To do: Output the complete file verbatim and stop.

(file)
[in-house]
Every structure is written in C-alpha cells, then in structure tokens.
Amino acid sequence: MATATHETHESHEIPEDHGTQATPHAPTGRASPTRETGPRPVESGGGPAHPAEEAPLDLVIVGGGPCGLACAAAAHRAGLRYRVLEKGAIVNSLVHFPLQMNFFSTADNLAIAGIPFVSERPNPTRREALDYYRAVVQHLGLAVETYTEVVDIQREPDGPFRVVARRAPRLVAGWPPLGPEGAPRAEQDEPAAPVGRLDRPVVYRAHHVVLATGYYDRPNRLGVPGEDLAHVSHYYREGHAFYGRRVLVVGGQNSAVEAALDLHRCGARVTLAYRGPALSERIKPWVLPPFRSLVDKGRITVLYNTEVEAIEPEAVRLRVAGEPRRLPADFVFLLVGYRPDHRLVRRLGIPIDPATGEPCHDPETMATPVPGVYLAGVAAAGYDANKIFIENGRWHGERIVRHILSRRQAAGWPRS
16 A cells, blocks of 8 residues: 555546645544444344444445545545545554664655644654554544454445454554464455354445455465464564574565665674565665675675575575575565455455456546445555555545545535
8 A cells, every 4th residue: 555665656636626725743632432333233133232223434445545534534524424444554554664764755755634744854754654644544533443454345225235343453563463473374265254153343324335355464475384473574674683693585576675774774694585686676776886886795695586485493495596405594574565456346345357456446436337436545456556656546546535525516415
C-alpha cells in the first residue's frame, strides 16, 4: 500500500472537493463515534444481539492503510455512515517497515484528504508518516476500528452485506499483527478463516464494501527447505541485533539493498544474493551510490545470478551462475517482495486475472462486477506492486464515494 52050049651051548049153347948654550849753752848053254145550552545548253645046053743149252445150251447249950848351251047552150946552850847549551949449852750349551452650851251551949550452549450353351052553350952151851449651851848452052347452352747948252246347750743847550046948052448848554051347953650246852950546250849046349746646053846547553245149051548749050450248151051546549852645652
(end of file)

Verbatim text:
[in-house]
Every structure is written in C-alpha cells, then in structure tokens.
Amino acid sequence: MATATHETHESHEIPEDHGTQATPHAPTGRASPTRETGPRPVESGGGPAHPAEEAPLDLVIVGGGPCGLACAAAAHRAGLRYRVLEKGAIVNSLVHFPLQMNFFSTADNLAIAGIPFVSERPNPTRREALDYYRAVVQHLGLAVETYTEVVDIQREPDGPFRVVARRAPRLVAGWPPLGPEGAPRAEQDEPAAPVGRLDRPVVYRAHHVVLATGYYDRPNRLGVPGEDLAHVSHYYREGHAFYGRRVLVVGGQNSAVEAALDLHRCGARVTLAYRGPALSERIKPWVLPPFRSLVDKGRITVLYNTEVEAIEPEAVRLRVAGEPRRLPADFVFLLVGYRPDHRLVRRLGIPIDPATGEPCHDPETMATPVPGVYLAGVAAAGYDANKIFIENGRWHGERIVRHILSRRQAAGWPRS
16 A cells, blocks of 8 residues: 555546645544444344444445545545545554664655644654554544454445454554464455354445455465464564574565665674565665675675575575575565455455456546445555555545545535
8 A cells, every 4th residue: 555665656636626725743632432333233133232223434445545534534524424444554554664764755755634744854754654644544533443454345225235343453563463473374265254153343324335355464475384473574674683693585576675774774694585686676776886886795695586485493495596405594574565456346345357456446436337436545456556656546546535525516415
C-alpha cells in the first residue's frame, strides 16, 4: 500500500472537493463515534444481539492503510455512515517497515484528504508518516476500528452485506499483527478463516464494501527447505541485533539493498544474493551510490545470478551462475517482495486475472462486477506492486464515494 52050049651051548049153347948654550849753752848053254145550552545548253645046053743149252445150251447249950848351251047552150946552850847549551949449852750349551452650851251551949550452549450353351052553350952151851449651851848452052347452352747948252246347750743847550046948052448848554051347953650246852950546250849046349746646053846547553245149051548749050450248151051546549852645652